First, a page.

Not until right before the attack. And the radar signals were dismissed as either an error or incoming American planes (one young radar technician freaked out but was basically ignored by his superior).

  • Report this Comment On May 23, 2014, at 2:50 PM, cooncreekcrawler wrote:

    Great perspective on perceptions regarding investing. Similar emotions involved in the climate change "debate." The next few years are going to be very interesting indeed (terrifying)

    . Elon Musk may be observing from Mars.

  • Report this Comment On May 23, 2014, at 3:40 PM, kyleleeh wrote:


    Radar picked up the planes as they were coming in to attack, but neither radar nor scout planes detected the Japanese fleet approaching or withdrawing from Hawaii. Not knowing that a Japanese fleet was in the vicinity caused them to dismiss the incoming planes until it was to late.

  • Report this Comment On May 24, 2014, at 12:07 AM, BruceBenson wrote:

    Or some of us were completely clueless as our family had too little to even be aware of the stock market. I suspect being poor was great preparation for being successful in the stock market and investing in general! No expectations and things could only get better.

  • Report this Comment On May 24, 2014, at 11:14 PM, iamthecoley wrote:

    Another great piece Morgan

  • Report this Comment On May 25, 2014, at 6:11 AM, talotu wrote:

    No real argument with the conclusion of the piece but I was born pretty close to 1970, and doubt that many people my age had parents with large 401K sums until the mid-late 90's if ever (many of them spent a great deal of time working when pensions were the norm). My own 401(K) did fire up some huge gains through the 90s however.

    By the time the e-trade commercials were running during the super bowl the end was near.

  • Report this Comment On May 27, 2014, at 8:13 PM, Mjd wrote:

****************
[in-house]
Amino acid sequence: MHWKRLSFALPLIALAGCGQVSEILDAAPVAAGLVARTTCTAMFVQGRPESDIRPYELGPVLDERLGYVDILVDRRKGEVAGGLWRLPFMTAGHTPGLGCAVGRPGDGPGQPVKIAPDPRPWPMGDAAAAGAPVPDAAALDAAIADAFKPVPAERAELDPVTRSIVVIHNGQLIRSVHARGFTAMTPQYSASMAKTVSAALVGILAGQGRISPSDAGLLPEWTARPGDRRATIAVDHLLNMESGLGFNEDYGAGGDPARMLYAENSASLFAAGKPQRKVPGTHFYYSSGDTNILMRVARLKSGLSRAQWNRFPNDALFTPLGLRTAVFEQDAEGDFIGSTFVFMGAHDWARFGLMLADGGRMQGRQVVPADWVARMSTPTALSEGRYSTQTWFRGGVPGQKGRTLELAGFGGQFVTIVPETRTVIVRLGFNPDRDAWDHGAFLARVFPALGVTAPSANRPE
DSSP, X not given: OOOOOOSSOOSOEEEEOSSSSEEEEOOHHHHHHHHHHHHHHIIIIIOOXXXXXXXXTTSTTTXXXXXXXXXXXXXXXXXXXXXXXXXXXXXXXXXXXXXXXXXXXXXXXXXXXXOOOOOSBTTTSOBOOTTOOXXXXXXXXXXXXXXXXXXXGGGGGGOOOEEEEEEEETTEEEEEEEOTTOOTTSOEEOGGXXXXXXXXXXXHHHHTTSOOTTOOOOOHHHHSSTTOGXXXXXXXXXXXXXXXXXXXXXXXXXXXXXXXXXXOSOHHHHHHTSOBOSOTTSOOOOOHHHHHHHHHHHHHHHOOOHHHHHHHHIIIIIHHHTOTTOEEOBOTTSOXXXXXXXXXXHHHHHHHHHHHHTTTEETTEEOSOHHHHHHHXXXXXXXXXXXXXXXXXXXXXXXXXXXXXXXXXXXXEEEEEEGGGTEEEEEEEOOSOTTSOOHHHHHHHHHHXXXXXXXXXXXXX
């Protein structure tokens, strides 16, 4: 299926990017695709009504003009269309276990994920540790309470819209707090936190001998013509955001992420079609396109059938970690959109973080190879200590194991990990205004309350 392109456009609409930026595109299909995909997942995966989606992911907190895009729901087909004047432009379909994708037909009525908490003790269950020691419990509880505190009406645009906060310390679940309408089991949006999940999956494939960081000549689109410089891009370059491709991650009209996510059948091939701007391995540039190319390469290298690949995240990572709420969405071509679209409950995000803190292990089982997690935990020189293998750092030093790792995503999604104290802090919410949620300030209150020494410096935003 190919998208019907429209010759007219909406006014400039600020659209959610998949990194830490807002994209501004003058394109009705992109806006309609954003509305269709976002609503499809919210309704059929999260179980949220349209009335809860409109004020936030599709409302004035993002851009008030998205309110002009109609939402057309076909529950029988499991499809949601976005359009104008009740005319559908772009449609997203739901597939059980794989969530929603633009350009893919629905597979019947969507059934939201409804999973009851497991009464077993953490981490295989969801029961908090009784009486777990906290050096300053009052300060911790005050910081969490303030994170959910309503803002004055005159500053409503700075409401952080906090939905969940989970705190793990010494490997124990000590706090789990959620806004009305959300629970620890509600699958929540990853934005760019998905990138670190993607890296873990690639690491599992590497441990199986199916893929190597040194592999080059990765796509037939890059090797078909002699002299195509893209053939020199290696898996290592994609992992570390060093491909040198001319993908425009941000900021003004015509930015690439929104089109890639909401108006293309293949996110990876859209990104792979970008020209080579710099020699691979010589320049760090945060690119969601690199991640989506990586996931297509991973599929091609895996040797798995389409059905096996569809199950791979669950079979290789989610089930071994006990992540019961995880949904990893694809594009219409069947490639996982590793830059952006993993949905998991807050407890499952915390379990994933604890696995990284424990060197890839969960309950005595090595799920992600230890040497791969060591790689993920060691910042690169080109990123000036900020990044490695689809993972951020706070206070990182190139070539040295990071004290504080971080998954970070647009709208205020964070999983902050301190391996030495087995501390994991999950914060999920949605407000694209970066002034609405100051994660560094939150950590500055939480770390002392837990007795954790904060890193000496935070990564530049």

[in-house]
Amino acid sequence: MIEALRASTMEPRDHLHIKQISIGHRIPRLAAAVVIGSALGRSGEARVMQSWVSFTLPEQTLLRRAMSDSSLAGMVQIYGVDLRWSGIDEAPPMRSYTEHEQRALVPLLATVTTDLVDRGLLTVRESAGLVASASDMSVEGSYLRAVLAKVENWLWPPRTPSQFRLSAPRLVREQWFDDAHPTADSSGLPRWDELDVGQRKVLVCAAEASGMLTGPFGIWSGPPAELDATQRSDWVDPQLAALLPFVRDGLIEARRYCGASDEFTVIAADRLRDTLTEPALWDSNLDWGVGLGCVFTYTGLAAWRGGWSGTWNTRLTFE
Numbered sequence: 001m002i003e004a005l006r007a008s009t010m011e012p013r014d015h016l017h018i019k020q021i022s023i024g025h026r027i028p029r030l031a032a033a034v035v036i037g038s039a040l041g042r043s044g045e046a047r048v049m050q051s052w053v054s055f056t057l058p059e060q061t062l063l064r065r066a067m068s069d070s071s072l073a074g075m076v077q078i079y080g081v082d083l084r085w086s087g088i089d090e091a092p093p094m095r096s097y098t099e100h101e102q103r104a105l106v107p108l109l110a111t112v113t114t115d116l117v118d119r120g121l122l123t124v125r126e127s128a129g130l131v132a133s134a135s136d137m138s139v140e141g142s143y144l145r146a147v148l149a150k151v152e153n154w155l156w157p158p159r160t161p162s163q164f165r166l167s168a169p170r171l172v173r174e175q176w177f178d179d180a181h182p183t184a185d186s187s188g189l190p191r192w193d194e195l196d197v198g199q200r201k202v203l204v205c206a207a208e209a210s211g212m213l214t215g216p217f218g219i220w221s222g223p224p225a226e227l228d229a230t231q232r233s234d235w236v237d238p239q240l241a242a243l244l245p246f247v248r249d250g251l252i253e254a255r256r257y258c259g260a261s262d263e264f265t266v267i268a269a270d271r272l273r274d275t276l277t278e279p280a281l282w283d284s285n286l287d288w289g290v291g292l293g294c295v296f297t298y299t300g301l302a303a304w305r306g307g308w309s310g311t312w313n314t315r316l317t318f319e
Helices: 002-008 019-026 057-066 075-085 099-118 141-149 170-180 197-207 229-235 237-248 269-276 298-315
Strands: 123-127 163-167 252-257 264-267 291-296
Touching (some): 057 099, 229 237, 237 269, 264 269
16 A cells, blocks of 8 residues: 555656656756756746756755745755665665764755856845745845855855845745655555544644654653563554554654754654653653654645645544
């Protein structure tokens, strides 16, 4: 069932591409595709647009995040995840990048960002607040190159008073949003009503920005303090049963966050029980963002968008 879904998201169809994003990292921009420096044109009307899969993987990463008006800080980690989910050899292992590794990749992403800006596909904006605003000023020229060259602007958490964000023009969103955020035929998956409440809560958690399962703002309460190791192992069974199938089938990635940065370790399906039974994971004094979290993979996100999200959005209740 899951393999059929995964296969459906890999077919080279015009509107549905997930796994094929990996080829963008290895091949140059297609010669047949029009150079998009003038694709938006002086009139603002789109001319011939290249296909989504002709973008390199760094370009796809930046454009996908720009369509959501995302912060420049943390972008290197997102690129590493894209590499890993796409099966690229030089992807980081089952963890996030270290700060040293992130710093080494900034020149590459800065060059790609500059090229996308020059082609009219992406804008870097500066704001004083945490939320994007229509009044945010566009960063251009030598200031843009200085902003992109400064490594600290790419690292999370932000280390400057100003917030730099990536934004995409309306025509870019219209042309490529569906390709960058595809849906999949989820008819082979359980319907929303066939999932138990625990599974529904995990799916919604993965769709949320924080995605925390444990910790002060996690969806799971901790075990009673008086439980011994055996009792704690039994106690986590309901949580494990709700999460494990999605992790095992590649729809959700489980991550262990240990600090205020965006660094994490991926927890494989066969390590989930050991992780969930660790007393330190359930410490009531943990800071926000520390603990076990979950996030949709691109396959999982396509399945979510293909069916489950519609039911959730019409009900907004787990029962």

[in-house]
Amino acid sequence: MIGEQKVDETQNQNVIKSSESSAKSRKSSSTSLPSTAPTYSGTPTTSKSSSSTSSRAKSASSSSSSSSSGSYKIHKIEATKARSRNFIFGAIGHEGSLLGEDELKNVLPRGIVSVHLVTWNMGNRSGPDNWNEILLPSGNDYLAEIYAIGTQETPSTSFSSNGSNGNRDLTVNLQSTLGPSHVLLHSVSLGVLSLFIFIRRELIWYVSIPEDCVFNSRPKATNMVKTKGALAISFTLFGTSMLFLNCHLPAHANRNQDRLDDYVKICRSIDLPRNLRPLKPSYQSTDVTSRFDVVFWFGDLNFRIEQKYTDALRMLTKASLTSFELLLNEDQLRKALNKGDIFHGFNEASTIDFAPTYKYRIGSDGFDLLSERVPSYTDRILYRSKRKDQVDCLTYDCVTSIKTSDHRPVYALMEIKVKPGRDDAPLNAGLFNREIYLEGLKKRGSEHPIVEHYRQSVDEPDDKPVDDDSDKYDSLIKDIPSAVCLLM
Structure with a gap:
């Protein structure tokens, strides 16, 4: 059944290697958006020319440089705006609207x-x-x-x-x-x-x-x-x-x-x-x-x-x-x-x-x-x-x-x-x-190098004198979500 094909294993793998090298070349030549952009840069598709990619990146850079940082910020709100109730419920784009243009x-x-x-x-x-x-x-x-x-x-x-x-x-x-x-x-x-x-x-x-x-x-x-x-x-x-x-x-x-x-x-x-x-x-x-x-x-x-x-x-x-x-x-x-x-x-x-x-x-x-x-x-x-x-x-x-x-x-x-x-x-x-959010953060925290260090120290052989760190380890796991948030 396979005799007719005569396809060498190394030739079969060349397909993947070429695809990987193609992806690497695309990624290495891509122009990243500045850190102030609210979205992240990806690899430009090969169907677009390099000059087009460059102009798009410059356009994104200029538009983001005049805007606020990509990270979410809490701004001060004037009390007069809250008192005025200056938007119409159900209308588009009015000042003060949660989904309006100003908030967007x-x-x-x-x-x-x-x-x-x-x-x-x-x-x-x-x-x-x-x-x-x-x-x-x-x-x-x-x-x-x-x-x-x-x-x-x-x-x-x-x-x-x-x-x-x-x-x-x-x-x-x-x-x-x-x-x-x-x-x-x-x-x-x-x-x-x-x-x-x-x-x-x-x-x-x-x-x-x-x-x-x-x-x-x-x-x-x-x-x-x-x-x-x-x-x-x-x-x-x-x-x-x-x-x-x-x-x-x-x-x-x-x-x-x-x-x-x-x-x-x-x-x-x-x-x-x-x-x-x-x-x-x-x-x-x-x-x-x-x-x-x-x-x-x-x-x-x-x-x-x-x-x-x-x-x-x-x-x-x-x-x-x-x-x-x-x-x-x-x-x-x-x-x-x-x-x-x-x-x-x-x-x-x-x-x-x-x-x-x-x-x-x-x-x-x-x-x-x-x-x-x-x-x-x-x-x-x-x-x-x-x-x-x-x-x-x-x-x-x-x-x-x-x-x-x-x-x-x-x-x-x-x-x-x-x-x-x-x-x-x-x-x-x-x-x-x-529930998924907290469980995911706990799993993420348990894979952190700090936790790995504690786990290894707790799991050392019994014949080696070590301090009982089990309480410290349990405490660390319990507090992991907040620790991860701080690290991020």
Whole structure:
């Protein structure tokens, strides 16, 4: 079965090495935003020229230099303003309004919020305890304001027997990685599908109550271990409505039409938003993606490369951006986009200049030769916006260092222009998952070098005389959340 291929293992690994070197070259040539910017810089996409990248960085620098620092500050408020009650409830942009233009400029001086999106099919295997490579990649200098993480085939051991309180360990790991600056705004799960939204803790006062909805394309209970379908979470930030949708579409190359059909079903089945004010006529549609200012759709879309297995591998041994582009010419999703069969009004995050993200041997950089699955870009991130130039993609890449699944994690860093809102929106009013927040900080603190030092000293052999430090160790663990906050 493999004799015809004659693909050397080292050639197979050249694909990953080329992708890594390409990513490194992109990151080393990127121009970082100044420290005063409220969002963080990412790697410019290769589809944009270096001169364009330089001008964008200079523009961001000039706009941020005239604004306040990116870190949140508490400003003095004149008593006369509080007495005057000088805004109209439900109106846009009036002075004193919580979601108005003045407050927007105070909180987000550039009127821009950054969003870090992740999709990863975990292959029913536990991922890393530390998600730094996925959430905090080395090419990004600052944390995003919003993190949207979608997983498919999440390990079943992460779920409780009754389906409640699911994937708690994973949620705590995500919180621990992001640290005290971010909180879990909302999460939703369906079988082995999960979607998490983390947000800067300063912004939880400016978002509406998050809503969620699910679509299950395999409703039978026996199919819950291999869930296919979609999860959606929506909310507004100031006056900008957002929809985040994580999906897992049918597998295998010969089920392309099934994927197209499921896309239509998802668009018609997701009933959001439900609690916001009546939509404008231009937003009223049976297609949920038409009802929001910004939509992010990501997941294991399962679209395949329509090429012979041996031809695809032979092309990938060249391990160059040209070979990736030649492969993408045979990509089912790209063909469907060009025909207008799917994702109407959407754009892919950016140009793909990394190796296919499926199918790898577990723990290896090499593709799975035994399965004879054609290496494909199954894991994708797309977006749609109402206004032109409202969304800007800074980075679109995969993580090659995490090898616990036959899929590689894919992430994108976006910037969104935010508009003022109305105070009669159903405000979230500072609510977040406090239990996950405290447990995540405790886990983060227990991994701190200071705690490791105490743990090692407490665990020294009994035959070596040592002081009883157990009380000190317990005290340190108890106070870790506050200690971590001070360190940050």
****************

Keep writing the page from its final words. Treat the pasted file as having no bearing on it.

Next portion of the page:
I was born in 71 and did not start learning about the stock market at all until college. I don't think it really started to shape my view of money until I had a real job and was able to save in the mid 90s. I try to talk to our 16 year old about money and the stock market... But I think we are a few years away from it having any impact on her mind set. So I personally feel that while the value of money is clearly established in ones teens and twenties, I do not think a view of markets is developed until later in life... 30s and 40s...

  • Report this Comment On May 28, 2014, at 7:19 AM, ENDzFED wrote:

    Operations North Woods- which was a program JFK oppsed shows our own government has scripted with the media and bankers to allow attacks to justify war mongering for profits, and when you realize the first to finance WW2 and Hitlers agenda were the very ones that cry victim- kind of maks you question the history we are taught for sure.

  • Report this Comment On May 31, 2014, at 11:24 PM, SkepikI wrote:

    hmmmm, well Morgan I can assure you that HISTORY is written by the writers .... and that does not always do justice to the facts. As Nate Silvers book will reveal to you if you read it again.

    FACTS are such slippery things... we are sure they are one way until we find out they are another.

    In another two or three decades you yourself will find that things you know to be true based on experience, are in print another way, so you are wrong by history and the facts?..... Real life examples at request.

  • Report this Comment On June 02, 2014, at 12:38 AM, enginear wrote:

    good point...but:

    I was born in '53, and although my folks owned some stocks, I had no inkling of what they were, or how they were performing (its said, 'if you remember the '60's you probably weren't there').

    I did begin investing in the early '80's, in bonds (horrible inflation was being conquered by Paul Volcker) and utilities, and my 'history' came from that great experience. I pretty much doubled my money in a year because my older brother had taken an economics degree, and explained how interest rates affected the price of these things).

    I did OK over the years (divorce and life's other requirements have taken their toll) by learning that you need a reason for investing in something, and that reason should be kept in mind for the eventual disposition of that investment.

    The point that we all have a personal 'history' is valid, but it's a bit broader than stated.

  • Report this Comment On June 19, 2014, at 11:08 AM, TMFKlesta wrote:

    Great read, Morgan.